Rhodes roster. Seniors Brittany N. Ellis and Jin Kyu Park were awarded Rhodes Scholarships—the latter, the first DACA (Deferred Action for Childhood Arrivals) designee to be so honored. Twenty-one of the 32 recipients were women. Duke, Princeton, and Yale each had three scholarship winners this year.
Imaging visionary. Arnold professor of science Xiaowei Zhuang—a Howard Hughes Medical Institute Investigator and member of the department of chemistry and chemical biology—has been awarded a $3-million Breakthrough Prize in Life Sciences for her work developing imaging techniques that reveal molecular-scale interactions and processes within cells.
Leadership leader. Gray professor of health economics and policy Meredith B. Rosenthal has become faculty chair of the Advanced Leadership Initiative (see “Advancing Leadership,” March-April 2014, page 38), succeeding founding leader Rosabeth Moss Kanter, who remains Arbuckle professor of business administration.
Legal legroom. Harvard Law School has opened its new building, at 1607 Massachusetts Avenue (on the corner of Everett Street), a home to several clinial programs, faculty offices, and research centers. Professor in practice of urban design Alex Krieger designed the facility.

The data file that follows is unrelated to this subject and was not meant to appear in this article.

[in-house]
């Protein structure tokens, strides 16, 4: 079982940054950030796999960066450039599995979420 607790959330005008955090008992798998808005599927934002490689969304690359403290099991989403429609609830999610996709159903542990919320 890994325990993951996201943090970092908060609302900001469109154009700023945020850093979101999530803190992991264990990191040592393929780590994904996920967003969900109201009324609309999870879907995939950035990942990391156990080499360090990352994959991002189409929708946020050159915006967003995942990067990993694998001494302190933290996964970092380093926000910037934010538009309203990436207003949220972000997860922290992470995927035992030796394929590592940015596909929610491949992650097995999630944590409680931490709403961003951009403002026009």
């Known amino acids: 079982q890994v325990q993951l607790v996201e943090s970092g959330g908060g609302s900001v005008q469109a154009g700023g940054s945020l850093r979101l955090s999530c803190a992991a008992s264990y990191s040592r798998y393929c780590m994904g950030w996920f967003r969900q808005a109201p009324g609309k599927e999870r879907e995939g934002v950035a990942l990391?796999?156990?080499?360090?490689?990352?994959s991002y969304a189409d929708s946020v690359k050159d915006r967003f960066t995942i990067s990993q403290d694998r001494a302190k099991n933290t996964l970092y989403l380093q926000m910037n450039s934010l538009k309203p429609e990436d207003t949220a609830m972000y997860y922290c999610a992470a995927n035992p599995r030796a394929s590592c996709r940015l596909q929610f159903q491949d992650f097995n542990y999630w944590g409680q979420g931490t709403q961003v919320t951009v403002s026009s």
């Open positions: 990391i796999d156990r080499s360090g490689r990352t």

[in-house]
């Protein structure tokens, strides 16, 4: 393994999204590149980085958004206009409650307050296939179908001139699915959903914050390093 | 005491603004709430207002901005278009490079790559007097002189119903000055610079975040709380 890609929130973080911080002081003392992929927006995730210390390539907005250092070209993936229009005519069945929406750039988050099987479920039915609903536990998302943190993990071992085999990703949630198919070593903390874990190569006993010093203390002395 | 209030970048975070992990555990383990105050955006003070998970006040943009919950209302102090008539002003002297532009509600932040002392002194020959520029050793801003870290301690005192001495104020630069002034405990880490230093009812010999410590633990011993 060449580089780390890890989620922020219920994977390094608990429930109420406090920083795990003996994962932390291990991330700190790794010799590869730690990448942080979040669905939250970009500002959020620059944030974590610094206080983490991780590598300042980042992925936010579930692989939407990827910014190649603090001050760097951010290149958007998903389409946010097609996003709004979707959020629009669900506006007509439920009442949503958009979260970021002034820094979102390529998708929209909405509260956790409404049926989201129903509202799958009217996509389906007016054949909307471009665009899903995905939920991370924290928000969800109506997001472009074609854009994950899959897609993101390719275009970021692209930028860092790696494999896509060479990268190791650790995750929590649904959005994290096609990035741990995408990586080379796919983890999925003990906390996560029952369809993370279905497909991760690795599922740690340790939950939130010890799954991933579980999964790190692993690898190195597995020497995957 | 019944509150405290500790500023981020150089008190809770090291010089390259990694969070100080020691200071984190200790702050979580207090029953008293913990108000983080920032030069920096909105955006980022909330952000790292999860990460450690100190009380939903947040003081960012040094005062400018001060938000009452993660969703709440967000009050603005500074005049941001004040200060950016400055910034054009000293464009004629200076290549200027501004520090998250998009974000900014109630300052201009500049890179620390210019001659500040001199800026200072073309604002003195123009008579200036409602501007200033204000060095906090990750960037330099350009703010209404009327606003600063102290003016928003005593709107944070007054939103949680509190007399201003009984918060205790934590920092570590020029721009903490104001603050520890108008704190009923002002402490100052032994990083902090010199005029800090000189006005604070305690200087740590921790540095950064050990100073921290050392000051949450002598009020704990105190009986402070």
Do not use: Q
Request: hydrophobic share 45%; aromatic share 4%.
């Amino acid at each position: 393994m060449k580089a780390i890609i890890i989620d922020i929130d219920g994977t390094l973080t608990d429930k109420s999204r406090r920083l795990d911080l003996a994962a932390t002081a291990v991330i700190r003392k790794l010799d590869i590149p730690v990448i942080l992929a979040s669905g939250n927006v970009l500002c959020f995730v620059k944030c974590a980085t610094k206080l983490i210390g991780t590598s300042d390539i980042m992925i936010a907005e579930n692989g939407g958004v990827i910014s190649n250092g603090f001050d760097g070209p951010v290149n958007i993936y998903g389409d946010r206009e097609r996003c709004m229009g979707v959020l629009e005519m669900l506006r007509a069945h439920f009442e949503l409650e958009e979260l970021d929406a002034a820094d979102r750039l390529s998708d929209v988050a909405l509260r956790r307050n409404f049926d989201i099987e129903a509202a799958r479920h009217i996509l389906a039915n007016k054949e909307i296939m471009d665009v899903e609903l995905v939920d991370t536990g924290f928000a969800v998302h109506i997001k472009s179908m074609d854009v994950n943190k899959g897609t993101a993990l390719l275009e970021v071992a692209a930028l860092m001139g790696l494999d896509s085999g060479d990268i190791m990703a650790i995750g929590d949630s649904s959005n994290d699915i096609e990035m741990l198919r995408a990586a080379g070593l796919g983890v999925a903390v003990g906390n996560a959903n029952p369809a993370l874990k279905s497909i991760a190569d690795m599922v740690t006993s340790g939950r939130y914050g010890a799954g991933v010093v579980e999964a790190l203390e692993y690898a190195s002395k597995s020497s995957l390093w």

Miscellany. Robert Cashion, formerly senior associate vice president of development and senior associate dean of development for the Faculty of Arts and Sciences—and thus a leading figure in the recent capital campaign—has been appointed New York University’s vice president for university development and alumni relations.…The Debra and Leon Black Family Foundation has given $7.5 million to create up to 25 fellowships annually for U.S. veterans and active-duty military personnel pursuing graduate education at the Kennedy School, Business School, or Law School.…Dumbarton Oaks and JSTOR, a digital library for research and teaching, have received three-year grants from the Andrew W. Mellon Foundation to develop a program in “plant humanities,” enabling research that will draw on the Washington-based Harvard affiliate’s expertise and collections in landscape architecture, botany, the history of science, and humanities research.…Bloomberg has reported that Mark Zuckerberg ’06, LL.D. ’17, and Priscilla Chan ’07 are seeking a chief investment officer to oversee management of more than $10 billion for their eponymous Chan Zuckerberg Initiative. They are being advised by David Swensen, Yale’s long-term CIO, who pioneered the endowment-management strategies used there and at many peer institutions; he will chair the philanthropy’s investment committee, Bloomberg noted.…Harvard has joined the Talloires Network, the global community of “civically engaged and socially responsible higher education institutions” based at Tufts and founded there when Lawrence S. Bacow was president.…Jeffrey C. Stewart’s The New Negro, a biography of Alain Locke, A.B. ’08, Ph.D. ’18, has won the nonfiction National Book Award; it figured significantly in Adam Kirsch’s appraisal of Locke, “Art and Activism” (March-April 2018, page 36).…The million-dollar Berggruen Prize for Philosophy and Culture has been conferred on Martha C. Nussbaum, Ph.D. ’75, RI ’81, Freund Distinguished Service Professor of law and ethics at the University of Chicago, recognizing her as “one of the world’s leading public philosophers.”